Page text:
Suzanne P. Clark Suzanne P. Clark
President and CEO, U.S. Chamber of Commerce


November 24, 2020


As an avid fan of Irish literature, I am drawn to the Gaelic expression of thanks, go raibh maith agat, which translates literally to “may you have goodness.”

This year, despite suffering and loss, we have had goodness.

We’ve seen it in the dedication of frontline businesses and workers who have produced and delivered our food, stocked our grocery store shelves, taught our children, cared for the sick and the elderly, and kept our lights on and our networks running. Because of their selfless and ceaseless work, daily life has continued through the ups and downs of the pandemic.

There’s been goodness in the resilience and adaptability of America’s small businesses. Against tremendous odds and uncertainty, they have scrapped and innovated like never before to keep serving their communities, keep people on payrolls, and keep their own dreams alive.

It has been evident in the quick action of businesses of all sizes who shifted or accelerated production on a dime to help deliver the PPE and supplies needed to keep people safe and keep businesses open. Or those who innovated to make remote work, commerce, learning, and healthcare widely available.

Together, we’ve cheered new marvels and milestones in science and the brilliant minds behind them. An historic race for vaccines that hold greater promise than anyone dared to hope for—with the finish line in sight. The thrill of watching NASA astronauts return to space on the first private spacecraft, fueled by American ingenuity and built by American scientists and engineers.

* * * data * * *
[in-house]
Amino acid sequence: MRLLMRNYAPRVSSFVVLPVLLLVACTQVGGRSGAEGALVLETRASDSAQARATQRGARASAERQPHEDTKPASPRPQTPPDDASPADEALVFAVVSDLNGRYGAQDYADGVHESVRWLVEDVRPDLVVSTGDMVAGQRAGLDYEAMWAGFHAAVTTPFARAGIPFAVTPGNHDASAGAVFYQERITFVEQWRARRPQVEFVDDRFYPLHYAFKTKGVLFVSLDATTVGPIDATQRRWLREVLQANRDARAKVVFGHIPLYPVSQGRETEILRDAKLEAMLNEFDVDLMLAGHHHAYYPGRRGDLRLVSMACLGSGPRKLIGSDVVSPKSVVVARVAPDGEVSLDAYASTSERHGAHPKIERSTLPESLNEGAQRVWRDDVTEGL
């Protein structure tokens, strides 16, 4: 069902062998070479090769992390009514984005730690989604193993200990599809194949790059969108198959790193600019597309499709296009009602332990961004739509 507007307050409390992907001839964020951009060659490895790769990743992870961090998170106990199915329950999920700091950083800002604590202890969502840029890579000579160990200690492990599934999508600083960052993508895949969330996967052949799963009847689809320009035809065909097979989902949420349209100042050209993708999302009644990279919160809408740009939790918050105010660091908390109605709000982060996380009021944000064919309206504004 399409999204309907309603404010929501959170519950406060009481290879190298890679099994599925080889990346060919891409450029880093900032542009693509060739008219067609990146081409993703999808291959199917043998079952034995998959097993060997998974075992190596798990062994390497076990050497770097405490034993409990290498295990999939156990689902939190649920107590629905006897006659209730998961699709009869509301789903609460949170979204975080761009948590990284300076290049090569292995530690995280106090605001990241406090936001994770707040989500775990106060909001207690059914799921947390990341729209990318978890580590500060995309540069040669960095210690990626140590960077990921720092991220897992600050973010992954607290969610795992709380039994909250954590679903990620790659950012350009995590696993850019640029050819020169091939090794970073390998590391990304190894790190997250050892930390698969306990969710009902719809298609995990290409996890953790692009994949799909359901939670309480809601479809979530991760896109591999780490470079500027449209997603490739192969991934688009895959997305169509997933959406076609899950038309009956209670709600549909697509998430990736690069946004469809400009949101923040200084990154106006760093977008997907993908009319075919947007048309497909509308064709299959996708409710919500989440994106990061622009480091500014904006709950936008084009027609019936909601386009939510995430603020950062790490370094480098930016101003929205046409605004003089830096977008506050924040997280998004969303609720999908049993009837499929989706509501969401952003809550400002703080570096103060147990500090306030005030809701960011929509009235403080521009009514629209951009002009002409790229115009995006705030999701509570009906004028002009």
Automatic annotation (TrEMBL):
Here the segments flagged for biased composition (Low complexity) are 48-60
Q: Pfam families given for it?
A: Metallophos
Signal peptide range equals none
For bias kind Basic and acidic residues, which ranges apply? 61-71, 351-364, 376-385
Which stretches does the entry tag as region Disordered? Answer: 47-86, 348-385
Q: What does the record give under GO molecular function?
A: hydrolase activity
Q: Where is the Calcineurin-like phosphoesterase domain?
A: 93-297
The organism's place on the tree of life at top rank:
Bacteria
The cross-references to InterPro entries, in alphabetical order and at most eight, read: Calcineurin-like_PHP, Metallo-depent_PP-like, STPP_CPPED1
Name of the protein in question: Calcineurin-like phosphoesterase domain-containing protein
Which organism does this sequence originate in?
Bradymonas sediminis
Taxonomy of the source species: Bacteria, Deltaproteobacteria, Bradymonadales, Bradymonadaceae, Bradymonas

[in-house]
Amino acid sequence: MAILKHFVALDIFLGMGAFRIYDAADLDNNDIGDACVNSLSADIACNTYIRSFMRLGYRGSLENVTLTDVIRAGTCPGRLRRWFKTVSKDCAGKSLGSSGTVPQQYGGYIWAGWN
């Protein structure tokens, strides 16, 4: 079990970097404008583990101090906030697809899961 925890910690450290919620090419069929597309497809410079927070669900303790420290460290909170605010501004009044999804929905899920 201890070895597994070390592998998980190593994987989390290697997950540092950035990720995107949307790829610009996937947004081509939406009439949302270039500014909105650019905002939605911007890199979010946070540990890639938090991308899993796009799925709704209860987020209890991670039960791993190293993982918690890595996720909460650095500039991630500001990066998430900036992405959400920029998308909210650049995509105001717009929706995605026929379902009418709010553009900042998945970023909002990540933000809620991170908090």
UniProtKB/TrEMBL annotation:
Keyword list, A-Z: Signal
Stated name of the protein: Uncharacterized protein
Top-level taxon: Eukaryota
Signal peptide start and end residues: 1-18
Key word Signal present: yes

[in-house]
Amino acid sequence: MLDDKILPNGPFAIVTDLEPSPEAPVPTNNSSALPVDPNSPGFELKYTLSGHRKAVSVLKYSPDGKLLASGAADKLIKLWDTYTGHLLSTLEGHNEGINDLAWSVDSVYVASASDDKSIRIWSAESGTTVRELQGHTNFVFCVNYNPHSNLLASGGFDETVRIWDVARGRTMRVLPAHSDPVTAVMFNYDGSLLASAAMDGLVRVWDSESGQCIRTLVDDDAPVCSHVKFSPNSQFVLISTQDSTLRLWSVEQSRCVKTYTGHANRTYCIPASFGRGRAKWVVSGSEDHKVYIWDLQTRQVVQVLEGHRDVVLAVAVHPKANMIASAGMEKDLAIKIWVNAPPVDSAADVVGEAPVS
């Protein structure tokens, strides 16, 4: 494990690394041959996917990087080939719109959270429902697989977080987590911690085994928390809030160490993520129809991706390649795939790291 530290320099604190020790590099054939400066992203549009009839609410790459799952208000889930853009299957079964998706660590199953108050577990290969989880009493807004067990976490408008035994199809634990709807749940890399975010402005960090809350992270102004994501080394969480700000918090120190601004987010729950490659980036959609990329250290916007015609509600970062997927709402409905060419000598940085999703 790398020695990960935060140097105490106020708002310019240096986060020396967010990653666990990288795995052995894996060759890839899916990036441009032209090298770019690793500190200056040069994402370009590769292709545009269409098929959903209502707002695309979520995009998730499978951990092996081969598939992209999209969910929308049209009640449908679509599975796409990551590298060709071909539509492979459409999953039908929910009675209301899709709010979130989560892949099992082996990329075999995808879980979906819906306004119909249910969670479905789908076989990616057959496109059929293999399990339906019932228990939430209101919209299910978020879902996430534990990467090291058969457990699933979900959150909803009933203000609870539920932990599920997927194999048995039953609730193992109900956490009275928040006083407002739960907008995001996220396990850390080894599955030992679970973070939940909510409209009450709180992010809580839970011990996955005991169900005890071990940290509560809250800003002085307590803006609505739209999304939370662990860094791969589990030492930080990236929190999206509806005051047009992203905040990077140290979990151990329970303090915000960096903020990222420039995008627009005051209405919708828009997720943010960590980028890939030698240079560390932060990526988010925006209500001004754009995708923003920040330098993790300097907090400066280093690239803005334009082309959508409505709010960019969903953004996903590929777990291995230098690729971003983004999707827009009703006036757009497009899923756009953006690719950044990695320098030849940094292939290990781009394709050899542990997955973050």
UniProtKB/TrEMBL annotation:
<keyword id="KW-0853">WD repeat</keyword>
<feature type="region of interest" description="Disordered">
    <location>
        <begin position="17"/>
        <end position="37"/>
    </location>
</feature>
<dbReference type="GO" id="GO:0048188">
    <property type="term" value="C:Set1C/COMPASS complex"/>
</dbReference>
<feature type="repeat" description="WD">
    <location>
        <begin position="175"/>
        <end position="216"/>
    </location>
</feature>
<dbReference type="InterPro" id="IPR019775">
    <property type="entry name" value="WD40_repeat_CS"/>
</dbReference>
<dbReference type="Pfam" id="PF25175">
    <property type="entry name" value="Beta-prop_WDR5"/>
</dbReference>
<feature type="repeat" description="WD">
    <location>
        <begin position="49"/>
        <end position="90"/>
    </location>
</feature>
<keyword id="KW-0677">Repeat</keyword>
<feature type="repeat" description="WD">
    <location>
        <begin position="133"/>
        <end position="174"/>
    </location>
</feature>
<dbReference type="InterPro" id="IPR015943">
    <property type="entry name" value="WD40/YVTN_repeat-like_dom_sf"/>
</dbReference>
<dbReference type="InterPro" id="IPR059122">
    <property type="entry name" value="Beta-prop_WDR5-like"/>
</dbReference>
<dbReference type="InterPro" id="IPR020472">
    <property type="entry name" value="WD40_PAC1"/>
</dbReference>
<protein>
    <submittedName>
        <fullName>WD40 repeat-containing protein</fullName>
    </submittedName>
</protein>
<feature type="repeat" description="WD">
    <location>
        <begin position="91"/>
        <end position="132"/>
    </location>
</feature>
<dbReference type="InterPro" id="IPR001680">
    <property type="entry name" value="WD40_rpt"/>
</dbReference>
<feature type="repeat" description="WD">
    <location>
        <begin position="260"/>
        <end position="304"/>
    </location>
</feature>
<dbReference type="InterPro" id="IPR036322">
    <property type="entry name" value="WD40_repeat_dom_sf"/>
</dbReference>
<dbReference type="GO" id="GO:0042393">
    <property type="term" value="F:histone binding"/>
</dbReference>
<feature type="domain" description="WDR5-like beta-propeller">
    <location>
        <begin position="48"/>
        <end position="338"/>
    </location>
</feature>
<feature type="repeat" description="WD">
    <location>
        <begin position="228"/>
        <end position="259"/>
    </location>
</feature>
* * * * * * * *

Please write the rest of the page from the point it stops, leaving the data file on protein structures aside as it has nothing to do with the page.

And out of the tragedies of lost Black lives, this year we have seen people and institutions from across our society rally around the cause of justice and bring new urgency to a nationwide pursuit of equality of opportunity.

In so many ways, goodness has illuminated an otherwise dark period.

These good things, however, may feel elusive for those who are still out of work, who are struggling in isolation, who face eviction, who may not know where their next meal will come from, let alone a Thanksgiving feast. So, this holiday season, it’s up to all of us who are able to extend the goodness and generosity to those who need it.

We can support the small businesses and restaurants in our communities and neighborhoods that are struggling to make it through. We can give our time or our money to organizations best able to help those with urgent and immediate needs, like So Others Might Eat. We can offer encouragement, advice, mentoring, or networks to those who are out of a job. We can take personal steps to slow the spread of the virus so our nation can emerge from the pandemic and begin to recover.

Businesses and people alike who do well can also do a lot of good. And this year, more than any other in recent memory, we must.

It may be some time before we look back on 2020 and think first of the goodness, rather than the loss or the suffering. But this Thanksgiving Day is a wonderful opportunity to begin to dwell on the tremendous blessings that have risen up out of this challenging year. Those blessings, along with the trials, can make us stronger, more resilient, and more hopeful heading into the new year.

About the authors

Suzanne P. Clark

Suzanne P. Clark

As President and CEO of the U.S. Chamber of Commerce, Suzanne Clark heads strategy, government relations and market innovation to support member companies and businesses.

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